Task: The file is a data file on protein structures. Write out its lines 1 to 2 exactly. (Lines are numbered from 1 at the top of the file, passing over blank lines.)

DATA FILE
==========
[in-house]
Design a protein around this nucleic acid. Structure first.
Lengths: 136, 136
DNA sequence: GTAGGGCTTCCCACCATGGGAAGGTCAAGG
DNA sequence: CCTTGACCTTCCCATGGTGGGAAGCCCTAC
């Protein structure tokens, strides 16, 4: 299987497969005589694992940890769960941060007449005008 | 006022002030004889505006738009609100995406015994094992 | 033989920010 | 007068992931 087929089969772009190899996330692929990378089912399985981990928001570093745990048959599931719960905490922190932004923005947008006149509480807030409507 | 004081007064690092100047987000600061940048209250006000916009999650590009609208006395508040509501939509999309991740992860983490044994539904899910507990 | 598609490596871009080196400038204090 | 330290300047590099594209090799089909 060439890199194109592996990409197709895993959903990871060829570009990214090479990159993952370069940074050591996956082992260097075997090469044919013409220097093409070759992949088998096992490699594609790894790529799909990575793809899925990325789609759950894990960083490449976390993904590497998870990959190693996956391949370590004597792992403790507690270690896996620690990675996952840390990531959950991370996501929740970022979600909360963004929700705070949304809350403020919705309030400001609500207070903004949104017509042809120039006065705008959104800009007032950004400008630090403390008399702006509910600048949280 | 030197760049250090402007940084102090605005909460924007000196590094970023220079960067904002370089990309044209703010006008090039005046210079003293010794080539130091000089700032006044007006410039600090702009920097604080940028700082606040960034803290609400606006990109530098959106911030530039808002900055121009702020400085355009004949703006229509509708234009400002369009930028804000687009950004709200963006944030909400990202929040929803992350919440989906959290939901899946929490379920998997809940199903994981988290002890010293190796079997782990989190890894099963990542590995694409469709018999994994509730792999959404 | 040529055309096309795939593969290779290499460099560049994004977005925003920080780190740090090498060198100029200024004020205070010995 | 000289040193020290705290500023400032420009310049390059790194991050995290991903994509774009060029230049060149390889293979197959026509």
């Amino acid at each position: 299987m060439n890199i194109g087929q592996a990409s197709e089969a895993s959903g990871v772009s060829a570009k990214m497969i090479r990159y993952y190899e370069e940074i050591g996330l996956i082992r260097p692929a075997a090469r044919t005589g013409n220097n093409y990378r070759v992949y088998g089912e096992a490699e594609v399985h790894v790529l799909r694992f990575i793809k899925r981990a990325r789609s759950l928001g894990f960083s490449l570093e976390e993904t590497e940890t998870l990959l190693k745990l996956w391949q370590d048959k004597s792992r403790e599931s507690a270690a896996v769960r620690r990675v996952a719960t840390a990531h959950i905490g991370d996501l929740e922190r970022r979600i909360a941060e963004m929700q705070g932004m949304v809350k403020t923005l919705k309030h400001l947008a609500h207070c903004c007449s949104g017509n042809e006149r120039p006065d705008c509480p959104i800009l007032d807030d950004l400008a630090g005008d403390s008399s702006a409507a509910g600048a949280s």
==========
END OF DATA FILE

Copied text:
[in-house]
Design a protein around this nucleic acid. Structure first.